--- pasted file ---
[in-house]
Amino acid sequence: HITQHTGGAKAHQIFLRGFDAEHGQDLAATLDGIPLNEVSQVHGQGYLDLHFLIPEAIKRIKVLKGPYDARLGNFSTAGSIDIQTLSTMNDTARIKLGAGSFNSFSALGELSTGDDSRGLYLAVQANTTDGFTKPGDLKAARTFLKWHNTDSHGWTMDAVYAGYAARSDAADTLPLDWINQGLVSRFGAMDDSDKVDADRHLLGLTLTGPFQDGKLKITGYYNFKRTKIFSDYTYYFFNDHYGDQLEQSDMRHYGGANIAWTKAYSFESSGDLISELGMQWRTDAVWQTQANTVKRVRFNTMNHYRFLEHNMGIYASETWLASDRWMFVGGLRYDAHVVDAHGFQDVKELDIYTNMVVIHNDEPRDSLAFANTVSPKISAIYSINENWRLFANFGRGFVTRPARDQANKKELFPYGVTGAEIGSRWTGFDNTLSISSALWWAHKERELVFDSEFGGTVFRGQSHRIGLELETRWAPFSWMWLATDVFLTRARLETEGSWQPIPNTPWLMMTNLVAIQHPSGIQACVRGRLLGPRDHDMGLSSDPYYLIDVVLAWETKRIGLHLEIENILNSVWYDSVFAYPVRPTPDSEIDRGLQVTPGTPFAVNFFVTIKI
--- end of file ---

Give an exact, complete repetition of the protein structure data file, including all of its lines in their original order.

[in-house]
Amino acid sequence: HITQHTGGAKAHQIFLRGFDAEHGQDLAATLDGIPLNEVSQVHGQGYLDLHFLIPEAIKRIKVLKGPYDARLGNFSTAGSIDIQTLSTMNDTARIKLGAGSFNSFSALGELSTGDDSRGLYLAVQANTTDGFTKPGDLKAARTFLKWHNTDSHGWTMDAVYAGYAARSDAADTLPLDWINQGLVSRFGAMDDSDKVDADRHLLGLTLTGPFQDGKLKITGYYNFKRTKIFSDYTYYFFNDHYGDQLEQSDMRHYGGANIAWTKAYSFESSGDLISELGMQWRTDAVWQTQANTVKRVRFNTMNHYRFLEHNMGIYASETWLASDRWMFVGGLRYDAHVVDAHGFQDVKELDIYTNMVVIHNDEPRDSLAFANTVSPKISAIYSINENWRLFANFGRGFVTRPARDQANKKELFPYGVTGAEIGSRWTGFDNTLSISSALWWAHKERELVFDSEFGGTVFRGQSHRIGLELETRWAPFSWMWLATDVFLTRARLETEGSWQPIPNTPWLMMTNLVAIQHPSGIQACVRGRLLGPRDHDMGLSSDPYYLIDVVLAWETKRIGLHLEIENILNSVWYDSVFAYPVRPTPDSEIDRGLQVTPGTPFAVNFFVTIKI